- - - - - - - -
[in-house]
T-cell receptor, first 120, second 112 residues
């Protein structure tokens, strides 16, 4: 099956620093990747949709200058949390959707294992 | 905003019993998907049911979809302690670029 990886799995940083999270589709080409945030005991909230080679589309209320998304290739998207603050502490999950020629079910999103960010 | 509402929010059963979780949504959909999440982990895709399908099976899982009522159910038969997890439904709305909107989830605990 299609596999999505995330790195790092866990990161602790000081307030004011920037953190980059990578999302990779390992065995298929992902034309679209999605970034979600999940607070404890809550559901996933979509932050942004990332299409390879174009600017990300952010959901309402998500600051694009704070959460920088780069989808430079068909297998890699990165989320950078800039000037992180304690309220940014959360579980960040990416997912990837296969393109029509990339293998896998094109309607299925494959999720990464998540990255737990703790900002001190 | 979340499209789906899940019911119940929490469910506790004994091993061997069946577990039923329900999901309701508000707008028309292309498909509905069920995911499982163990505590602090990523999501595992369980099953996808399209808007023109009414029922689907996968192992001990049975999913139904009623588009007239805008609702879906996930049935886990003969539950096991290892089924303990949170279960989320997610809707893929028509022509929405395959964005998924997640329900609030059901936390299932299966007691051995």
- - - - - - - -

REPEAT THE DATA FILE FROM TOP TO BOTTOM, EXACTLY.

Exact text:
[in-house]
T-cell receptor, first 120, second 112 residues
């Protein structure tokens, strides 16, 4: 099956620093990747949709200058949390959707294992 | 905003019993998907049911979809302690670029 990886799995940083999270589709080409945030005991909230080679589309209320998304290739998207603050502490999950020629079910999103960010 | 509402929010059963979780949504959909999440982990895709399908099976899982009522159910038969997890439904709305909107989830605990 299609596999999505995330790195790092866990990161602790000081307030004011920037953190980059990578999302990779390992065995298929992902034309679209999605970034979600999940607070404890809550559901996933979509932050942004990332299409390879174009600017990300952010959901309402998500600051694009704070959460920088780069989808430079068909297998890699990165989320950078800039000037992180304690309220940014959360579980960040990416997912990837296969393109029509990339293998896998094109309607299925494959999720990464998540990255737990703790900002001190 | 979340499209789906899940019911119940929490469910506790004994091993061997069946577990039923329900999901309701508000707008028309292309498909509905069920995911499982163990505590602090990523999501595992369980099953996808399209808007023109009414029922689907996968192992001990049975999913139904009623588009007239805008609702879906996930049935886990003969539950096991290892089924303990949170279960989320997610809707893929028509022509929405395959964005998924997640329900609030059901936390299932299966007691051995």